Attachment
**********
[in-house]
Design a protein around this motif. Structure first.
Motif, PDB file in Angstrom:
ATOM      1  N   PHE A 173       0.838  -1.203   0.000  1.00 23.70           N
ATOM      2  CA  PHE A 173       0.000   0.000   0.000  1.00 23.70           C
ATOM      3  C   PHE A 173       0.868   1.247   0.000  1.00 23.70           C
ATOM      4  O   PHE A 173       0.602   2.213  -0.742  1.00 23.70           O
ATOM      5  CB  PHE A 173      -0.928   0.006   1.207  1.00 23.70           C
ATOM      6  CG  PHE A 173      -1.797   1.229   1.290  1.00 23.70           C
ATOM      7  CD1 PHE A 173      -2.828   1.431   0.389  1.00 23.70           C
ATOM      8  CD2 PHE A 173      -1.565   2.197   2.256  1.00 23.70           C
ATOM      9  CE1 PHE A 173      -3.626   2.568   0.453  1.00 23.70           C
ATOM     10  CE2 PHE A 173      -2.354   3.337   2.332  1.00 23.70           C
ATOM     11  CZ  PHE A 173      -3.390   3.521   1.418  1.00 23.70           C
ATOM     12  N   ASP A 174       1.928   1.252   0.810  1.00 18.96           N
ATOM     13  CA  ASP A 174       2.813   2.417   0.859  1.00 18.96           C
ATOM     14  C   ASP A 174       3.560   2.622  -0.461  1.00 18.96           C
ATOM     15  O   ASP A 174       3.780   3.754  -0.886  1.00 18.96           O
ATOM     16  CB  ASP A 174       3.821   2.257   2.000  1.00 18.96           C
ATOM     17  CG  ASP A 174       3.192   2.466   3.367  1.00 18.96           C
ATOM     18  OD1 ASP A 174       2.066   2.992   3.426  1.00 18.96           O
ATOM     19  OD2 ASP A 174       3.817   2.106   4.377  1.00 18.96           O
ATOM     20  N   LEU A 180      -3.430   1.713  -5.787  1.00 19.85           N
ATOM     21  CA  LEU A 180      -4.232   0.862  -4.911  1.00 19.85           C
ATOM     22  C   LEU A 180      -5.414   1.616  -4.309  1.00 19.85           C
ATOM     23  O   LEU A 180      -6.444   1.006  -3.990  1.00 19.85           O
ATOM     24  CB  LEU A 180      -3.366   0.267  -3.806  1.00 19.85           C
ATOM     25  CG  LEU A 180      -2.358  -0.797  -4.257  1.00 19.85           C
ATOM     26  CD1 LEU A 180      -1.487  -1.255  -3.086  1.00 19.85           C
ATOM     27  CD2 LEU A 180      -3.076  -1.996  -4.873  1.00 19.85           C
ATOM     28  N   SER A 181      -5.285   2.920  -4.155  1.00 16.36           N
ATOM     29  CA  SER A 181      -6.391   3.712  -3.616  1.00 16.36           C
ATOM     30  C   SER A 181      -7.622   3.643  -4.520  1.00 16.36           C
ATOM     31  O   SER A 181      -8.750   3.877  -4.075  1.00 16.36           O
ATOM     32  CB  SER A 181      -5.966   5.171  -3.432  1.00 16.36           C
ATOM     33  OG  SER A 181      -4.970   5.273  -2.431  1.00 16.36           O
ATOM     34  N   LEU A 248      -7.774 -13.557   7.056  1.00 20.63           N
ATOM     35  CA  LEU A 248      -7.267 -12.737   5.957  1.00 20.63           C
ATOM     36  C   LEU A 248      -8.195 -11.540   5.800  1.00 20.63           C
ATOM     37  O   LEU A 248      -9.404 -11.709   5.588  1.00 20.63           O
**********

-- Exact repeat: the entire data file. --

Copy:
[in-house]
Design a protein around this motif. Structure first.
Motif, PDB file in Angstrom:
ATOM      1  N   PHE A 173       0.838  -1.203   0.000  1.00 23.70           N
ATOM      2  CA  PHE A 173       0.000   0.000   0.000  1.00 23.70           C
ATOM      3  C   PHE A 173       0.868   1.247   0.000  1.00 23.70           C
ATOM      4  O   PHE A 173       0.602   2.213  -0.742  1.00 23.70           O
ATOM      5  CB  PHE A 173      -0.928   0.006   1.207  1.00 23.70           C
ATOM      6  CG  PHE A 173      -1.797   1.229   1.290  1.00 23.70           C
ATOM      7  CD1 PHE A 173      -2.828   1.431   0.389  1.00 23.70           C
ATOM      8  CD2 PHE A 173      -1.565   2.197   2.256  1.00 23.70           C
ATOM      9  CE1 PHE A 173      -3.626   2.568   0.453  1.00 23.70           C
ATOM     10  CE2 PHE A 173      -2.354   3.337   2.332  1.00 23.70           C
ATOM     11  CZ  PHE A 173      -3.390   3.521   1.418  1.00 23.70           C
ATOM     12  N   ASP A 174       1.928   1.252   0.810  1.00 18.96           N
ATOM     13  CA  ASP A 174       2.813   2.417   0.859  1.00 18.96           C
ATOM     14  C   ASP A 174       3.560   2.622  -0.461  1.00 18.96           C
ATOM     15  O   ASP A 174       3.780   3.754  -0.886  1.00 18.96           O
ATOM     16  CB  ASP A 174       3.821   2.257   2.000  1.00 18.96           C
ATOM     17  CG  ASP A 174       3.192   2.466   3.367  1.00 18.96           C
ATOM     18  OD1 ASP A 174       2.066   2.992   3.426  1.00 18.96           O
ATOM     19  OD2 ASP A 174       3.817   2.106   4.377  1.00 18.96           O
ATOM     20  N   LEU A 180      -3.430   1.713  -5.787  1.00 19.85           N
ATOM     21  CA  LEU A 180      -4.232   0.862  -4.911  1.00 19.85           C
ATOM     22  C   LEU A 180      -5.414   1.616  -4.309  1.00 19.85           C
ATOM     23  O   LEU A 180      -6.444   1.006  -3.990  1.00 19.85           O
ATOM     24  CB  LEU A 180      -3.366   0.267  -3.806  1.00 19.85           C
ATOM     25  CG  LEU A 180      -2.358  -0.797  -4.257  1.00 19.85           C
ATOM     26  CD1 LEU A 180      -1.487  -1.255  -3.086  1.00 19.85           C
ATOM     27  CD2 LEU A 180      -3.076  -1.996  -4.873  1.00 19.85           C
ATOM     28  N   SER A 181      -5.285   2.920  -4.155  1.00 16.36           N
ATOM     29  CA  SER A 181      -6.391   3.712  -3.616  1.00 16.36           C
ATOM     30  C   SER A 181      -7.622   3.643  -4.520  1.00 16.36           C
ATOM     31  O   SER A 181      -8.750   3.877  -4.075  1.00 16.36           O
ATOM     32  CB  SER A 181      -5.966   5.171  -3.432  1.00 16.36           C
ATOM     33  OG  SER A 181      -4.970   5.273  -2.431  1.00 16.36           O
ATOM     34  N   LEU A 248      -7.774 -13.557   7.056  1.00 20.63           N
ATOM     35  CA  LEU A 248      -7.267 -12.737   5.957  1.00 20.63           C
ATOM     36  C   LEU A 248      -8.195 -11.540   5.800  1.00 20.63           C
ATOM     37  O   LEU A 248      -9.404 -11.709   5.588  1.00 20.63           O